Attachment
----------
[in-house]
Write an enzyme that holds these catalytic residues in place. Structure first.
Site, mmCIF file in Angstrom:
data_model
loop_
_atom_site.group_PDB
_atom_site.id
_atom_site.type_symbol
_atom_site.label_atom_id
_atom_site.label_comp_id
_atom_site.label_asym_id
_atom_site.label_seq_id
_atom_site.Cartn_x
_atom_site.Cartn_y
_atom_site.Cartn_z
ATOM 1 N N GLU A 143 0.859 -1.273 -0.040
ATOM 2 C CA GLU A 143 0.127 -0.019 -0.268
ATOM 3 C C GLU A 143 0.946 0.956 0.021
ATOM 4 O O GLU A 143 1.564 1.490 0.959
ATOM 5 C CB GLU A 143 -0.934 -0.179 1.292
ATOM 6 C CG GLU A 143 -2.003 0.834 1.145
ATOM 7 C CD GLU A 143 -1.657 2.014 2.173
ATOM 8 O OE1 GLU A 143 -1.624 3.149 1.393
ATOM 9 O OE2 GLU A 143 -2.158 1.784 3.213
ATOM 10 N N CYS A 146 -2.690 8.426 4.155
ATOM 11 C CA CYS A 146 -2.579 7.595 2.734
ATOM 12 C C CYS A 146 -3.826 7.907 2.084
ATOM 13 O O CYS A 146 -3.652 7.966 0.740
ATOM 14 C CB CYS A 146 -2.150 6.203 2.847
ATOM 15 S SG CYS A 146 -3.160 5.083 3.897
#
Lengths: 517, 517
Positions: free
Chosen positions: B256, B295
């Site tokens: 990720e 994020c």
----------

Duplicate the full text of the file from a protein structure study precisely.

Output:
[in-house]
Write an enzyme that holds these catalytic residues in place. Structure first.
Site, mmCIF file in Angstrom:
data_model
loop_
_atom_site.group_PDB
_atom_site.id
_atom_site.type_symbol
_atom_site.label_atom_id
_atom_site.label_comp_id
_atom_site.label_asym_id
_atom_site.label_seq_id
_atom_site.Cartn_x
_atom_site.Cartn_y
_atom_site.Cartn_z
ATOM 1 N N GLU A 143 0.859 -1.273 -0.040
ATOM 2 C CA GLU A 143 0.127 -0.019 -0.268
ATOM 3 C C GLU A 143 0.946 0.956 0.021
ATOM 4 O O GLU A 143 1.564 1.490 0.959
ATOM 5 C CB GLU A 143 -0.934 -0.179 1.292
ATOM 6 C CG GLU A 143 -2.003 0.834 1.145
ATOM 7 C CD GLU A 143 -1.657 2.014 2.173
ATOM 8 O OE1 GLU A 143 -1.624 3.149 1.393
ATOM 9 O OE2 GLU A 143 -2.158 1.784 3.213
ATOM 10 N N CYS A 146 -2.690 8.426 4.155
ATOM 11 C CA CYS A 146 -2.579 7.595 2.734
ATOM 12 C C CYS A 146 -3.826 7.907 2.084
ATOM 13 O O CYS A 146 -3.652 7.966 0.740
ATOM 14 C CB CYS A 146 -2.150 6.203 2.847
ATOM 15 S SG CYS A 146 -3.160 5.083 3.897
#
Lengths: 517, 517
Positions: free
Chosen positions: B256, B295
């Site tokens: 990720e 994020c």